9. Augustinianum: Volume > 55 > Issue: 2
Sever J. Voicu Due antiocheni periferici: Le Quaestiones et responsiones ad Orthodoxos (CPG 6285) e Severiano di Gabala
abstract | view |  rights & permissions | cited by
Severian of Gabala’s homilies and Pseudo-Theodoret’s Quaestiones et responsiones ad Orthodoxos (CPG 6285; = QRO) exhibit some notable parallels. Such links show that a marginal current of the Antiochene school was still thriving by the end of the 5th century, i.e. the most probable date of QRO.
10. Augustinianum: Volume > 55 > Issue: 2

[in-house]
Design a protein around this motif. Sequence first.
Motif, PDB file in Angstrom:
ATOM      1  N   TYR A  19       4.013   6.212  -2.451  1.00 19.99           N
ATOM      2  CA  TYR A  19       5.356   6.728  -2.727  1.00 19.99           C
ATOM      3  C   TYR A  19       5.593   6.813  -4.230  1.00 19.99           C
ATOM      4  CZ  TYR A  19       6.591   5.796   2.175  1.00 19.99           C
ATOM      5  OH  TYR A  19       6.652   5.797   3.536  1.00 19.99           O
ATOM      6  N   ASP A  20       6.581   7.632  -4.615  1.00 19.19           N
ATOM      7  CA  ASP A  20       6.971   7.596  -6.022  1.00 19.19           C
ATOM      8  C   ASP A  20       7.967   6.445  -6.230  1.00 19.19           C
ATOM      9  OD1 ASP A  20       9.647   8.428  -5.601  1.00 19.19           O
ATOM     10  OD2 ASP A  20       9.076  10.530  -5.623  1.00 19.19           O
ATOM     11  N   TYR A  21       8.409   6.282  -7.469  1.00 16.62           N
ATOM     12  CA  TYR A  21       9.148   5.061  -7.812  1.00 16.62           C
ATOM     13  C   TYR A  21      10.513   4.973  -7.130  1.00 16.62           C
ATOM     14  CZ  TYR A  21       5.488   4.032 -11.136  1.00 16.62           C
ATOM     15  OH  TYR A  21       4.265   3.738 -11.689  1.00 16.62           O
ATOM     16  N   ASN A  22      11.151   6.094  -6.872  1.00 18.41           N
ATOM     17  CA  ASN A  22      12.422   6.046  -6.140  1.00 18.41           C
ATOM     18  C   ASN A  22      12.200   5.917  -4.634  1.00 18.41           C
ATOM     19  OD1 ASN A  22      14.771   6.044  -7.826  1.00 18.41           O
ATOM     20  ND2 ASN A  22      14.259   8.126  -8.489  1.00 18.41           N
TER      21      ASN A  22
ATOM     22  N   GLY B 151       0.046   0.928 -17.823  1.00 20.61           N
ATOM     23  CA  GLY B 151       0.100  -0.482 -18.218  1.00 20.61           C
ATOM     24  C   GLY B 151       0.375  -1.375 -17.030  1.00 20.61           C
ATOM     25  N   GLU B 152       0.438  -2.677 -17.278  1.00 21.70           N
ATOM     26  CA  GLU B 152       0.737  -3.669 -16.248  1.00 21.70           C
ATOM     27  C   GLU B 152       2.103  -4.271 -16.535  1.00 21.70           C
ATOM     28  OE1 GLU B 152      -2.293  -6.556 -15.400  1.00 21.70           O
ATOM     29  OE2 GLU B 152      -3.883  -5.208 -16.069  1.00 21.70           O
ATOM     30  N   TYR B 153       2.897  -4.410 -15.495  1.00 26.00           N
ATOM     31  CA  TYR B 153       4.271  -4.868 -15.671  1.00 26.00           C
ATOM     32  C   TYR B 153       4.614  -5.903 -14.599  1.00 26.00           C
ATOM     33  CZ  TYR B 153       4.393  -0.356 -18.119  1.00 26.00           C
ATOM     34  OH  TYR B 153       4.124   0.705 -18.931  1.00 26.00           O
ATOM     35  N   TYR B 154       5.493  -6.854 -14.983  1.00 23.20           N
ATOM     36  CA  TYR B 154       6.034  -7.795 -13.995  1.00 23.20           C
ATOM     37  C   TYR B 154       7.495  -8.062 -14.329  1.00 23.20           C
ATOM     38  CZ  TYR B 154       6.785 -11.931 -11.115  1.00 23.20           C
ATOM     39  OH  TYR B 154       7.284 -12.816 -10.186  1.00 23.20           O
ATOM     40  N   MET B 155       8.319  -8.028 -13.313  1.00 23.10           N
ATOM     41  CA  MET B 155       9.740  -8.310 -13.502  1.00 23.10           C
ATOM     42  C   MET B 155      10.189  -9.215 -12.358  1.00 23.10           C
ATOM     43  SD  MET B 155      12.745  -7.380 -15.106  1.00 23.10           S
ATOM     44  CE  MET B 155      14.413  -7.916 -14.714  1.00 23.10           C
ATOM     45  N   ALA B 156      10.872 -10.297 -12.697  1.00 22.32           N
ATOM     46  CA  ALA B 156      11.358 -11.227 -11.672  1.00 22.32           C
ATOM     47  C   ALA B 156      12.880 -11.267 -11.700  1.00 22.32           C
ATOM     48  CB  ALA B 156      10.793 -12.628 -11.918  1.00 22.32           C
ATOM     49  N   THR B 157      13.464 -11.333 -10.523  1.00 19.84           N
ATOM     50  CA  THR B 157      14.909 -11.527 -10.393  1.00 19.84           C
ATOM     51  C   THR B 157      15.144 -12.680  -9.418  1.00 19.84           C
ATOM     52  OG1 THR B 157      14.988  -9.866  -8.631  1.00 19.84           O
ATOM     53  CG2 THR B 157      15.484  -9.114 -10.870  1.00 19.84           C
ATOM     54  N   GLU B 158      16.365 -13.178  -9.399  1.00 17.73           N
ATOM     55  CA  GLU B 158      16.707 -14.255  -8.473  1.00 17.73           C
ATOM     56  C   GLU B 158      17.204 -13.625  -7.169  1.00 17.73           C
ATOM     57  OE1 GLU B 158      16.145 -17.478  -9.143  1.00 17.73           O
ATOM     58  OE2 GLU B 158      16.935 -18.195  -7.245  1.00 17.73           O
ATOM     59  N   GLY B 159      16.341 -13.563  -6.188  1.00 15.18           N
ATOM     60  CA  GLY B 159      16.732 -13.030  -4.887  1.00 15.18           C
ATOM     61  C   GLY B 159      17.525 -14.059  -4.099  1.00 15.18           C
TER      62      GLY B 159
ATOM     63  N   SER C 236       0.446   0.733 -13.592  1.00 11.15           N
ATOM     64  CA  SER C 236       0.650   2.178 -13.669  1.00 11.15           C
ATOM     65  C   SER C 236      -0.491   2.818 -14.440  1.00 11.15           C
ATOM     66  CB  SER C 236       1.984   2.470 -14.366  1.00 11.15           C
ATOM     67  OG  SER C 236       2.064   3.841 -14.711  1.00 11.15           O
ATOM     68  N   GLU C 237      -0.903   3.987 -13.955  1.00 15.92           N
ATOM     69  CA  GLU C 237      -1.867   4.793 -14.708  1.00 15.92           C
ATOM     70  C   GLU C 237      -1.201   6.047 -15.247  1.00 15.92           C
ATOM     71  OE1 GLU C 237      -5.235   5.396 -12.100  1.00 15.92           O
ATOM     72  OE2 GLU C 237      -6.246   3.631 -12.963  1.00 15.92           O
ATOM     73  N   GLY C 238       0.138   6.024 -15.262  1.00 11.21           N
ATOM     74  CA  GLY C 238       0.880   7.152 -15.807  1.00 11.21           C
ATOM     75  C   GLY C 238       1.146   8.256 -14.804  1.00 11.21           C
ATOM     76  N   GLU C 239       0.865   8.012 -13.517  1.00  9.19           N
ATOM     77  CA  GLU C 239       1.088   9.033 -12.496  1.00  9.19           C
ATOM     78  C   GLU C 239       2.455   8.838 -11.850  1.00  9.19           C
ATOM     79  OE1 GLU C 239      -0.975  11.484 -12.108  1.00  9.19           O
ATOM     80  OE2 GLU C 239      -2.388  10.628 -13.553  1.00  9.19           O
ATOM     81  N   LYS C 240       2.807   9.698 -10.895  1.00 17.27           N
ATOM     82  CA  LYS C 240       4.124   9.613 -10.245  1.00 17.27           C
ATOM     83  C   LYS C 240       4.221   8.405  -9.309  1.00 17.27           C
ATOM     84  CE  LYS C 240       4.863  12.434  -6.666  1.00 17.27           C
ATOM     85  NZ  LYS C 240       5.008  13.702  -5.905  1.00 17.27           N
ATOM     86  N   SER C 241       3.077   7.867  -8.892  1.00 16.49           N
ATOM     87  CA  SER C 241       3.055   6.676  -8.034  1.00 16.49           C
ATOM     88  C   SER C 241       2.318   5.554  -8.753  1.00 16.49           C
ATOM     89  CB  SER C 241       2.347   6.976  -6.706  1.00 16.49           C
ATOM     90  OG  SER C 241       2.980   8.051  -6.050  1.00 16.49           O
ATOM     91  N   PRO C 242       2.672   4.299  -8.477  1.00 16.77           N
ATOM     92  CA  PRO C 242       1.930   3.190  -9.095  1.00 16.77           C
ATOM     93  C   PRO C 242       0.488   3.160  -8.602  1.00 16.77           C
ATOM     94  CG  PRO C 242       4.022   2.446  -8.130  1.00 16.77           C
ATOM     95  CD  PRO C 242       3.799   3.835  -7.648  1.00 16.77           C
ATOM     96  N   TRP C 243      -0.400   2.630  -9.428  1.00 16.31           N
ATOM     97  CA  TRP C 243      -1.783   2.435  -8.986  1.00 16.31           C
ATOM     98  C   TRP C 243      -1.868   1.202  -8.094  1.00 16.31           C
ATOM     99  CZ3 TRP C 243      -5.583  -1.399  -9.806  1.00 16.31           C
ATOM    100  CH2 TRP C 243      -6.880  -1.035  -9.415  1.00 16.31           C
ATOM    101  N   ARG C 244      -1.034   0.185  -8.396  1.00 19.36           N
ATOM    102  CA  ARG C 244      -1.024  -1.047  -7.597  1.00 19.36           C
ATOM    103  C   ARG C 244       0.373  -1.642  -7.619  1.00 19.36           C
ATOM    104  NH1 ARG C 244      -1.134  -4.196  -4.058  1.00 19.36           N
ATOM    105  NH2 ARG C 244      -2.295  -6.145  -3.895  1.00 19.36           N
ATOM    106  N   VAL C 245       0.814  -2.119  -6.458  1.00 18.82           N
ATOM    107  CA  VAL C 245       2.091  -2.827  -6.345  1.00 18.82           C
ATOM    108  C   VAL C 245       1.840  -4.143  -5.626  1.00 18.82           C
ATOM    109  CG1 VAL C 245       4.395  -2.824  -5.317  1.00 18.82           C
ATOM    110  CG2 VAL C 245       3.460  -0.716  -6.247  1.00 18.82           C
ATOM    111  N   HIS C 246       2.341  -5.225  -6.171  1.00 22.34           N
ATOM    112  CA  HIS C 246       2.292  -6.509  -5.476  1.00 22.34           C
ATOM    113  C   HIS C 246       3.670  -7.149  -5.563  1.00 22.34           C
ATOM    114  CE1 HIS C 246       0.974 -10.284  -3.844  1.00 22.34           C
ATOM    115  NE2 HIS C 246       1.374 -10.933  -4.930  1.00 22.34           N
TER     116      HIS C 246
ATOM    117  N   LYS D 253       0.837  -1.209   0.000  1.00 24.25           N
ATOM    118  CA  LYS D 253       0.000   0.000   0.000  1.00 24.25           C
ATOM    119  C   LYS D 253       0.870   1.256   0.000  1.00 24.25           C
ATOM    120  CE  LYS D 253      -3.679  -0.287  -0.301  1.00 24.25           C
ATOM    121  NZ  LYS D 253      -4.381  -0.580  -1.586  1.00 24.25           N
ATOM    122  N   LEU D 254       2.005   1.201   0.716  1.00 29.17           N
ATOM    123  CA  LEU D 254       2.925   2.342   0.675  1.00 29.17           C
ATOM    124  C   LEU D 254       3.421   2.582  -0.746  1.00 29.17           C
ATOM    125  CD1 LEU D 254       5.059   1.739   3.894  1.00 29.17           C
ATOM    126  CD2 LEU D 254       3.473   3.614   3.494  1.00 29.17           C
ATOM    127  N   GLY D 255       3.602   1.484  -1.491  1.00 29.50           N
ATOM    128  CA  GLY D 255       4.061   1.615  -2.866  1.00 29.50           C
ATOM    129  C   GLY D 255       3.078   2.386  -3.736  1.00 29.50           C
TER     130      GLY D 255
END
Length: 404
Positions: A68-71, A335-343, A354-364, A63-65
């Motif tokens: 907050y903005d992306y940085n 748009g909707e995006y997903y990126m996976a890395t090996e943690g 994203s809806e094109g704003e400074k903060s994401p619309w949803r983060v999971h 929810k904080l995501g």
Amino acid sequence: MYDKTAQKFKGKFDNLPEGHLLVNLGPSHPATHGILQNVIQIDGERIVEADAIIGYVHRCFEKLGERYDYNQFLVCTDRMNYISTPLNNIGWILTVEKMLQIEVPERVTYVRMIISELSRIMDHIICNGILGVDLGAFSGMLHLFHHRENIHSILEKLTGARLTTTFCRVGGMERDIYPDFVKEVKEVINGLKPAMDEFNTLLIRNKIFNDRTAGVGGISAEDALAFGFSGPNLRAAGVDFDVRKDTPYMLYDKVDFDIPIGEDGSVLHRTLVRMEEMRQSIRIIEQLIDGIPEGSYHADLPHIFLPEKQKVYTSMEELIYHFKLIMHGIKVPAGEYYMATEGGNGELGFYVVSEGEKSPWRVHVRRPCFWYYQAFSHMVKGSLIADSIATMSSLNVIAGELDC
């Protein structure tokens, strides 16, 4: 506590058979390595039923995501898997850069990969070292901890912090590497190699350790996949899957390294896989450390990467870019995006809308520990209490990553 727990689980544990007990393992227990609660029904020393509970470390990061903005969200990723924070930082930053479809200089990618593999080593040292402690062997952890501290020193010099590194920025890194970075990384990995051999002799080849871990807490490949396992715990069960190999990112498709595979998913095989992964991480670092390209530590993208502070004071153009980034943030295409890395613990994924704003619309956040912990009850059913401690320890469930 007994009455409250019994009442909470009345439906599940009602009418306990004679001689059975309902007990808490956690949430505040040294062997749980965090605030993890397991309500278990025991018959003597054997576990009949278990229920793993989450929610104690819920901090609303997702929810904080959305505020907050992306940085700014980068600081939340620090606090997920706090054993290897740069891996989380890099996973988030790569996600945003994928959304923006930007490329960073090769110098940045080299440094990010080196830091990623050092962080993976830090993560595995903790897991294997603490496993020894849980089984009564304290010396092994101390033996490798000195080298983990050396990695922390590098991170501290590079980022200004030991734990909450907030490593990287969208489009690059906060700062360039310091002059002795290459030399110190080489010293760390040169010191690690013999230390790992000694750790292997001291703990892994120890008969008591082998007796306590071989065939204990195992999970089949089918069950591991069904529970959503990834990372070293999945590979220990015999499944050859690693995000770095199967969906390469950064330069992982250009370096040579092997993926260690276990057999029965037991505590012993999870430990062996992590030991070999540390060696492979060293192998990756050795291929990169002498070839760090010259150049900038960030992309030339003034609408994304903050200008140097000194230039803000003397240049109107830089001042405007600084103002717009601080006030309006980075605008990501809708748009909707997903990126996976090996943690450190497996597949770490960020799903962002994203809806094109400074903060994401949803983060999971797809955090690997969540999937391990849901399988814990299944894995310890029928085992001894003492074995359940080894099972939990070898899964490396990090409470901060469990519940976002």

Gianluca Masi La Laudatio altera S. Stephani Protomartyris attribuita a Gregorio di Nissa (CPG 3187): Un testimone in lingua armena
abstract | view |  rights & permissions | cited by
Gregory of Nyssa’s Laudatio altera S. Stephani Protomartyris (CPG 3187) has been critically published by Lendle from the two extant copies of the long recension, mostly disregarding the unique Greek witness of a short form which is attributed to John Chrysostom. Following the unveiling of an Armenian translation of the short recension, also attributed to Chrysostom, the paper examines its critical role, its links with the short Greek form and proposes a revision of Lendle’s text.